Nailed on Wonderful

DSCN3703I concentrated quite hard, keeping my weight directly over the fine edge of snow, and carefully planting axe, pole, left foot, right foot........ repeat.

As snow aretes go, Sron nan Guibhas was definitely “narrow”.

There's over 800 metres of it altogether, sometimes comfortably a few metres wide, but several times narrowing to the same width as my shoulders, with a long slithery drop to either side.


The 800 metres took us 40 minutes..... steady and tiring. But on a day of totally perfect weather, we had plenty of time in hand.

I'd begun by ambling up the good path onto the Munro of Stob a'Choire Odhair, in the Blackmount above Bridge of Orchy. Marjan was getting her well-deserved first views of the Highlands (following the January trip when nothing could be seen). From here, I reasoned, we'd get the best long range views across Rannoch Moor, south to Cruachan, and north to the Ben.



So after elevenses, we went down the west ridge which points directly at Stob Ghabhar, then headed rightwards across a deeply-snowed bealach at 650 metres towards Sron nan Guibhas, (which is the north-east ridge sweeping down from Ghabhar). Gaining the Sron is supposedly up a “line of weakness” between crags and outcrops. The weakness proved to be in ourselves, as crampons balled up and the weight of soft snow on our boot tops dragged us back. We removed the crampons and took to the rocky bits to haul ourselves up through outcrops and gain the ridge.

DSCN3705All these exertions meant that Lunch was not served at the usual time, but had to wait until we found level ground and could draw breath above the rim of the impressive Coirein Lochain. This is “back country” and somewhat a 'road less travelled”. We had the mountains almost to ourselves with some of the most perfect weather imaginable; the snow was untouched here, and for almost 2 miles we were the first visitors to a pure white land without any tracks or footprints.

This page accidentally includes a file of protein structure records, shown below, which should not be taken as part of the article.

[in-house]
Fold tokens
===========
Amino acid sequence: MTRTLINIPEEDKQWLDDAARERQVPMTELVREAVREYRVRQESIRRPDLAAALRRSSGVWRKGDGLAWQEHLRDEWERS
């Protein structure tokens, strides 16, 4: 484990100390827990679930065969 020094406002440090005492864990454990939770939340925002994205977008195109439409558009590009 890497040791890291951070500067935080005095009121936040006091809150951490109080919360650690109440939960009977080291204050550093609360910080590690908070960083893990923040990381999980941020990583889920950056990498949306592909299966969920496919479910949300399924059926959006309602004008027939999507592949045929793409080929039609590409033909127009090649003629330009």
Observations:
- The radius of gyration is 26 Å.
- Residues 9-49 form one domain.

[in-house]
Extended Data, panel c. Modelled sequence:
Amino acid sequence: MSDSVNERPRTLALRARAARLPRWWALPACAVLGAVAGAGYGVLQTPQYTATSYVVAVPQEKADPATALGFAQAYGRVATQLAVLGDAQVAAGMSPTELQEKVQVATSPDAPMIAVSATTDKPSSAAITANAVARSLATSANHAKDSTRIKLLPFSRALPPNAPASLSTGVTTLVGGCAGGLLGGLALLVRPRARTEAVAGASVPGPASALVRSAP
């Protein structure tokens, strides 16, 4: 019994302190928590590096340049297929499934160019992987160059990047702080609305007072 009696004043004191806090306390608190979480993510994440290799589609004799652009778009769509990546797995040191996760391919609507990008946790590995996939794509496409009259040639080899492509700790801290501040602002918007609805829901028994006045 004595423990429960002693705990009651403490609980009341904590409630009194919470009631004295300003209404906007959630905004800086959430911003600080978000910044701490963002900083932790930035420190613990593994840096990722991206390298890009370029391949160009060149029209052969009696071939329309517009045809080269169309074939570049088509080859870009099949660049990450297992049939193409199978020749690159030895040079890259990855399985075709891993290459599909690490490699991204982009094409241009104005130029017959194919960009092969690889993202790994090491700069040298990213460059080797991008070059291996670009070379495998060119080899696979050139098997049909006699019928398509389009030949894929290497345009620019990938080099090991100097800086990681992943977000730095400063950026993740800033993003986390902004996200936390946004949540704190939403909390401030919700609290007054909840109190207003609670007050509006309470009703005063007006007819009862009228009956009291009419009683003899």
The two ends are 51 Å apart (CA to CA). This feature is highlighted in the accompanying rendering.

DSCN3707In the sunny afternoon, we made our way over the summit and down again past the well-remembered Clashgour hut and onto the track leading (ultimately) to the bar at Bridge of Orchy. We were both feeling a trifle fatigued..... but it had been 8 hours and 1300 metres in the frequently soft snow.

Anyway a nice meal and a spot of wine promoted recovery; so on a second spectacular day we started from Bridge of Orchy for Beinn Dorain and Beinn an Dothaidh. In complete contrast, these hills were thronged ….. ramblers, Munroists, and ice-climbers made it almost worth opening a tea shop at the Bealach.

Image 4Again the views were totally wonderful; and looking across the pointy top of Cruachan, the snowy peaks out west must have been Mull. Yes, and just visible well south, even Jura !!

By the time we were wandering down from the second Munro, I felt there was nothing more to do (beyond finding a chip shop) as better weather could scarcely be imagined (except for the softness of much of the snow). Already, however, a haziness was appearing in the west and a faint cast was over the sun, the tokens of a change in weather coming in.

DSCN3722Sic transit Gloria Mundi.......

Nothing shall last …..but whilst it is here, how nice it can be.!.



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